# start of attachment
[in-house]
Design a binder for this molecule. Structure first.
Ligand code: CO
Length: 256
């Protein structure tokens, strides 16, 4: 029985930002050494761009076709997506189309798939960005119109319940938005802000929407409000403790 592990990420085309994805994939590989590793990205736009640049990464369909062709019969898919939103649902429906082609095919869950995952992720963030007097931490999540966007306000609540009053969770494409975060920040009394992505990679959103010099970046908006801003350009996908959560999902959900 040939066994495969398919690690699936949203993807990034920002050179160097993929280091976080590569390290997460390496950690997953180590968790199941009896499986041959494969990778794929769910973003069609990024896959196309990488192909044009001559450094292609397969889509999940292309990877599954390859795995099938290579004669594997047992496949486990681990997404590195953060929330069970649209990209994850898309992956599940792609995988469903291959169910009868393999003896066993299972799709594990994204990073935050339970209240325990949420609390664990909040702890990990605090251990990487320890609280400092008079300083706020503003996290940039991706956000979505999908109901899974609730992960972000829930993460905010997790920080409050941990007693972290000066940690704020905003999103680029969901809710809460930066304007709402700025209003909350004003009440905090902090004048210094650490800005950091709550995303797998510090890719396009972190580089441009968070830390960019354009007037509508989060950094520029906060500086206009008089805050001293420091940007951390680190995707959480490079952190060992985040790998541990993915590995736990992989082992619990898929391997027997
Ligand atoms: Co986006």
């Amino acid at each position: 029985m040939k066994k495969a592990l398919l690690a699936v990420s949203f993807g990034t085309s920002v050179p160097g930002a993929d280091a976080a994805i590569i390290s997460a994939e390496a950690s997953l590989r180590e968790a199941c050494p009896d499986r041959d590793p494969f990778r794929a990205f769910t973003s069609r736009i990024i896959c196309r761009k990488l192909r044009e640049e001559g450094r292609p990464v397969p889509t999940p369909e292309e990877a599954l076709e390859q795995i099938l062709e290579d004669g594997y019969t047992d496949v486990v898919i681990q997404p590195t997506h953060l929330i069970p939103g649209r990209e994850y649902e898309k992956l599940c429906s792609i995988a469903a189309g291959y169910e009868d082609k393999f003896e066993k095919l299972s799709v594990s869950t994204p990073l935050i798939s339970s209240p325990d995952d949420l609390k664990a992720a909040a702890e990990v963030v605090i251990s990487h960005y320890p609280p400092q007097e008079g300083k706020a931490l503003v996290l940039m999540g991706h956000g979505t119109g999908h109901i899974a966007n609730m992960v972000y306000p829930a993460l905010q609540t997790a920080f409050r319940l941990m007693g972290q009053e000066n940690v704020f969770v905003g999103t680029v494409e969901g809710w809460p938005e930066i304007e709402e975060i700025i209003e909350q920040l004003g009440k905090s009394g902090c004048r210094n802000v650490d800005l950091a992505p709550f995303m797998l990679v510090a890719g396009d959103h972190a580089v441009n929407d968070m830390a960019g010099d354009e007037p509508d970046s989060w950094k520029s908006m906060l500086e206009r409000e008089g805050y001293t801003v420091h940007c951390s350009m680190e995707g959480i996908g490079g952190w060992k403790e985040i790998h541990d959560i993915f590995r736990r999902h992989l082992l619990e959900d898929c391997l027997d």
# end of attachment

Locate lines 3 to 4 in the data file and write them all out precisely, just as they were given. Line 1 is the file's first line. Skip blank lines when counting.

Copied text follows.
Ligand code: CO
Length: 256